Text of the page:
COBRA Refresher: 4 Important Notices That You Need to Know About

Shannon HudspethBusiness Insurance, Employee Benefits, Health Insurance, Human Resource Consulting, Uncategorized

COBRA Refresher

According to the Consolidated Omnibus Budget and Reconciliation Act (COBRA), employers who offer a group health plan for more than 20 employees must offer temporary continuous coverage to qualifying beneficiaries after qualifying events.

A qualified beneficiary generally is an individual covered by a group health plan on the day before a qualifying event who is either an employee, the employee’s spouse, or an employee’s dependent child.

A qualifying event is a circumstance that would cause the qualified beneficiary to lose their group plan. The type of event determines the length of coverage offered, but continuous plans range between 18 and 36 months. Here are some examples of qualifying events:

  • The death of a covered employee
  • A covered employee’s termination or reduction of hours
  • The covered employee’s new entitlement to Medicare
  • Divorce or legal separation from a covered employee
  • A dependent child ceasing to be a dependent under the plan’s requirements

Employees must be offered health care, dental, vision, medical spending accounts, hearing, prescription, substance abuse, and mental health plans, but only if you offered those services under your group plan.

Generally, the qualified beneficiary pays the entire cost of the continuous coverage plus two percent to account for your administrative costs. Employees who take COBRA coverage for a disability can be charged 150% of their premiums for coverage after month 18.

Per regulations, employers are required to provide certain COBRA notices with specific information and timeframes, depending on the circumstances.  Failure to comply with these regulations can result in fines of $100 to $400 per day per qualifying beneficiary.

4 Notices Required by COBRA

General Notice

This document describes employees’ COBRA rights and the employer’s responsibilities. It must be given to each covered employee and each employee’s spouse within the first 90 days of coverage. It needs to have the following information:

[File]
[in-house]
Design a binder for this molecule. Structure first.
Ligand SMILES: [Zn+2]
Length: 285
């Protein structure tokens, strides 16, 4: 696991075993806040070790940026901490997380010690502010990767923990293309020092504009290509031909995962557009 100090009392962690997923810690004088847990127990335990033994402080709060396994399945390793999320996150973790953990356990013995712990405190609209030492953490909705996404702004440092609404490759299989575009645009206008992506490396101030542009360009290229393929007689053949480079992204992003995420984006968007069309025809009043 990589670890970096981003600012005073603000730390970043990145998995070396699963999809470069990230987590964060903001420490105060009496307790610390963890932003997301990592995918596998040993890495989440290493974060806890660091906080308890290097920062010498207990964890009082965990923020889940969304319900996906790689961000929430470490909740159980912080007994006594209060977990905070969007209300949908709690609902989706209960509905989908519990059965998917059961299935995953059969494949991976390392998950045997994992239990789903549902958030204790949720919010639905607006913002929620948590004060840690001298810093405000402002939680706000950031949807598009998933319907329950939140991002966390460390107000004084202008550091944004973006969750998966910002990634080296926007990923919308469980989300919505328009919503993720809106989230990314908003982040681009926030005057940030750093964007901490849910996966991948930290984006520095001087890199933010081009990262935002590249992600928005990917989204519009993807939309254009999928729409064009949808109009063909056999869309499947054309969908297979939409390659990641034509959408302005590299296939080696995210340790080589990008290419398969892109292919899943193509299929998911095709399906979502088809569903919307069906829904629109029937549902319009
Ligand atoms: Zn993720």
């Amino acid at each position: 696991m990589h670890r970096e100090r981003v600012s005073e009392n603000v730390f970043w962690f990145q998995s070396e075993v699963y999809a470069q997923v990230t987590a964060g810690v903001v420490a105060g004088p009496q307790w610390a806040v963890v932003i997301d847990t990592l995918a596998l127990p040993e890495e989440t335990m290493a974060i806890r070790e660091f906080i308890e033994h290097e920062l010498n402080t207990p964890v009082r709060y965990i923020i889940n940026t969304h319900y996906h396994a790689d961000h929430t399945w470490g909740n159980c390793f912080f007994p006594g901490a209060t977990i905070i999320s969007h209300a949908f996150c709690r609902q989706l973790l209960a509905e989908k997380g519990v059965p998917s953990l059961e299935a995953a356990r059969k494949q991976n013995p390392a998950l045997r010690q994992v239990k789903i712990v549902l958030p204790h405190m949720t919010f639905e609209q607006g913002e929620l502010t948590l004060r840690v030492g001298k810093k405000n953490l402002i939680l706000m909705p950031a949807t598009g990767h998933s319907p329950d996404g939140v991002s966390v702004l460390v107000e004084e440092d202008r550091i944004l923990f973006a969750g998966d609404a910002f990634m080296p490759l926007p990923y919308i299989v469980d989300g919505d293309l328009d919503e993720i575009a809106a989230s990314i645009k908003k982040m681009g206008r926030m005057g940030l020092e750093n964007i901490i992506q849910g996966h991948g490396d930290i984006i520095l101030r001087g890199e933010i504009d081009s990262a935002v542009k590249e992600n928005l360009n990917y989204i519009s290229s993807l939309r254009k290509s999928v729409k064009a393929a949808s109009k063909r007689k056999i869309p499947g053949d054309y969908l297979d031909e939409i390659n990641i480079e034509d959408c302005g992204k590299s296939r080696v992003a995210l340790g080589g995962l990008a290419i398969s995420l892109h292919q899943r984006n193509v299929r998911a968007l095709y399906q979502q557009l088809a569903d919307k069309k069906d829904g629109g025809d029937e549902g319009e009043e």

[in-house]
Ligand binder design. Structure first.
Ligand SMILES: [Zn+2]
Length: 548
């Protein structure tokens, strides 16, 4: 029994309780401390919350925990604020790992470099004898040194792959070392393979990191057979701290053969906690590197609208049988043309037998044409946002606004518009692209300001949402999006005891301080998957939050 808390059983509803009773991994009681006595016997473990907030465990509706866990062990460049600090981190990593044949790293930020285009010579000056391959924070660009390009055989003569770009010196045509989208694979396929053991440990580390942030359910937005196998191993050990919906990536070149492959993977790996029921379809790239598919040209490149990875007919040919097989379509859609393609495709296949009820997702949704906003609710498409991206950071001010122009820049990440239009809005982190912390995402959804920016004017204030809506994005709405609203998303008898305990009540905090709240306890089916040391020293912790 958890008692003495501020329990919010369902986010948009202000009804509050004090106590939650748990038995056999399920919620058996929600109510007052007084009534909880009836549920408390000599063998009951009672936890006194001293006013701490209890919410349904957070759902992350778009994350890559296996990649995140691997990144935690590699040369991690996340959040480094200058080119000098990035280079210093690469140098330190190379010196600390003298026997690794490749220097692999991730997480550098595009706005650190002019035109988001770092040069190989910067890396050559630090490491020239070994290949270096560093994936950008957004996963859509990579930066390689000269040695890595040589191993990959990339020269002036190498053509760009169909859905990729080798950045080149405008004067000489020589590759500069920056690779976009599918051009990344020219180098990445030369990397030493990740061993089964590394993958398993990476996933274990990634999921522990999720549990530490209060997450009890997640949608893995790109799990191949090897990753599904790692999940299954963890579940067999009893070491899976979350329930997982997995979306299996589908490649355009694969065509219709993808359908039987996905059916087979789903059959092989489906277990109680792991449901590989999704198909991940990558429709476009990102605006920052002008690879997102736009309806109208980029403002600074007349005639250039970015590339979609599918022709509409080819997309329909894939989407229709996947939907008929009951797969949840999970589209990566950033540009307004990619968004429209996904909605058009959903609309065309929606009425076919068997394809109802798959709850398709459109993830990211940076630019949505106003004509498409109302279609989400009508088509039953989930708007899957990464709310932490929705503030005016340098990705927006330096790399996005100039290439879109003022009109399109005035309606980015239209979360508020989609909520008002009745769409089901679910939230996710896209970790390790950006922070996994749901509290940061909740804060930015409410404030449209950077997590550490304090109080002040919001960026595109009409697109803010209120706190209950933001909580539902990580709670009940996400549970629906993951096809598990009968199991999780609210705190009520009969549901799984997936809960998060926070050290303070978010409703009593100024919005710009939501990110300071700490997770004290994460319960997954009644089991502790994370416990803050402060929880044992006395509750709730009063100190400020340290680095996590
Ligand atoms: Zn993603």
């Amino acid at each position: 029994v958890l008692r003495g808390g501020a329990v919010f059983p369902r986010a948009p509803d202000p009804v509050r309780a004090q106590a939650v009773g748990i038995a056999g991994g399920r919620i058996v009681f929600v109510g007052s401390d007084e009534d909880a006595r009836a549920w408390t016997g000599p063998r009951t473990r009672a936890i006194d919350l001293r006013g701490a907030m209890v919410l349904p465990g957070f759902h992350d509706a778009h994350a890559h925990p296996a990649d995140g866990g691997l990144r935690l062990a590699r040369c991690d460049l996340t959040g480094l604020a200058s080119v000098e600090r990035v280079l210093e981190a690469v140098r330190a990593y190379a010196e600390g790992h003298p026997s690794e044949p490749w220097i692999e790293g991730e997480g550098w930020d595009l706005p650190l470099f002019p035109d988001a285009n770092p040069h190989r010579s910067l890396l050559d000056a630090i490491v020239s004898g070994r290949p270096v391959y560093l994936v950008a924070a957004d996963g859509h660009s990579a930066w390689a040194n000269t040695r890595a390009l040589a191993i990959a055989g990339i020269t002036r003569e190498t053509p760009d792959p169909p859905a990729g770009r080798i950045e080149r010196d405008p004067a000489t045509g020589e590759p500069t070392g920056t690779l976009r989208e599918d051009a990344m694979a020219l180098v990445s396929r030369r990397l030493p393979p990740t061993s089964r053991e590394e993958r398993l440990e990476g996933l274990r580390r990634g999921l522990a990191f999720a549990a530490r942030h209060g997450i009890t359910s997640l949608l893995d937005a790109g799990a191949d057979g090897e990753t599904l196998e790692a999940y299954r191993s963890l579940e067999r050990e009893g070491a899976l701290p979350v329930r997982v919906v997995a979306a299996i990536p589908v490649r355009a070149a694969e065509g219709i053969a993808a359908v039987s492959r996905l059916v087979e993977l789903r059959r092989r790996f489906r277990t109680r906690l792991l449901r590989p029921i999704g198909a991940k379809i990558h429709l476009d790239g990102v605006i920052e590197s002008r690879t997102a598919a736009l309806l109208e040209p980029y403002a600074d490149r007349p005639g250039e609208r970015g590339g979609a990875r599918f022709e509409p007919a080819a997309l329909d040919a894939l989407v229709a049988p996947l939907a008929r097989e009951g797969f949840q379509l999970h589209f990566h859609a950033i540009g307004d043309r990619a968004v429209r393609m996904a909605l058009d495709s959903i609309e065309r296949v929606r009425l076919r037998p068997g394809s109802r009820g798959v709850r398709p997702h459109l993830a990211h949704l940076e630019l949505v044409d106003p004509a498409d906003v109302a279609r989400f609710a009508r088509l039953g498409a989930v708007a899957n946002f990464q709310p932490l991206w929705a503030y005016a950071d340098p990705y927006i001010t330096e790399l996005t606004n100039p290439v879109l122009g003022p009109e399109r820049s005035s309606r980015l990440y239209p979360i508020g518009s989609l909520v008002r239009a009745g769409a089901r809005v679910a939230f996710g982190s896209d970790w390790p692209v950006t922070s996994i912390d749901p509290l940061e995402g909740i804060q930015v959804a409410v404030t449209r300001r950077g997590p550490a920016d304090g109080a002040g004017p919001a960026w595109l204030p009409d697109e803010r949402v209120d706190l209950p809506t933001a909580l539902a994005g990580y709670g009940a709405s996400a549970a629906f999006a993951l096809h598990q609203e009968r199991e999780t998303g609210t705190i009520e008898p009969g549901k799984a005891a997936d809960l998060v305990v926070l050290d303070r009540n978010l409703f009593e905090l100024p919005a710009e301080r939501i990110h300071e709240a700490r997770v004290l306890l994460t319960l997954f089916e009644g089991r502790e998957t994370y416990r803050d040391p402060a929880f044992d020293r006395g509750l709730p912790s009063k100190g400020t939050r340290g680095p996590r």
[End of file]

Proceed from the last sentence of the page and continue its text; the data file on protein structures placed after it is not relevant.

• Name of plan and contact information of the plan’s COBRA administrator.
  • A description of the coverage provided by the plan.
  • Instructions for beneficiaries to notify the administrator of qualifying events or disabilities.
  • An explanation of the importance of notifying the administrator about address changes.
  • A statement that the notice does not fully describe COBRA or the plan, and that more information is available through the plan’s administrator.

Click here to see a sample General Notice.

Election Notice

This document explains the employee’s rights to continuation coverage and how to elect it. The administrator must send an election notice to each beneficiary who loses their coverage due to a qualifying event within 14 days.

  • Name of plan and contact information of the plan’s COBRA administrator.
  • Identification of the qualifying event and qualified beneficiaries.
  • An explanation of the beneficiaries’ right to elect continuation coverage.
  • The date coverage will terminate if continuation coverage is not elected.
  • The process to officially elect the coverage.
  • Outcomes if coverage is waived or not elected.
  • How coverage might terminate early.
  • Premium information, including amounts, grace periods, and schedules.
  • The type and scope of coverage available and how it can be extended for disability or other qualifying events.
  • An explanation of the importance of notifying the administrator about address changes.
  • A statement that the notice does not fully describe COBRA or the plan, and that more information is available through the plan’s administrator.

Click here to see a sample Election Notice.

Unavailability of Continuation of Coverage Notice

Should an individual request continuous coverage, but the plan administrator determines that the individual is not entitled to coverage, the administrator must send a notice of unavailability. This simple document must be provided within 14 days of the original request and explain the reason for denial.

Click here to see a sample Unavailability of Continuation of Coverage Notice.

Termination of Coverage Notice

If an individual’s coverage is terminated early, the employer must provide a termination notice. This notice must include the following information:

  • The date coverage will terminate.
  • The reason coverage is being terminated.
  • Any rights the qualified beneficiary has under the plan (or the law) to elect alternative coverage, such as the right to convert the plan to a private policy.

There is no timeframe to provide this notice, but regulations say it should be delivered as soon as the decision to terminate coverage is made.

Click here to see a sample Termination of Coverage Notice.

Providing proper COBRA documentation with the right content is an important part of staying compliant with the legislation, but you also need to document the method, timing, and last address of your deliveries. This is for your protection in case you are required to provide evidence that you upheld your obligations.

For more information about disclosure rules (such as the allowed methods for delivery and specific timing requirements), see CFR 2520.104b-1(B). For a detailed breakdown of your obligations and FAQ’s, visit the Department of Labor’s website.

Navigating the rules and requirements of COBRA can be confusing and overwhelming. If you have questions or concerns, Sinclair Risk is here to help – Give us a call!

Shannon Hudspeth
Human Resource Director
shudspeth@srfm.com

Shannon Hudspeth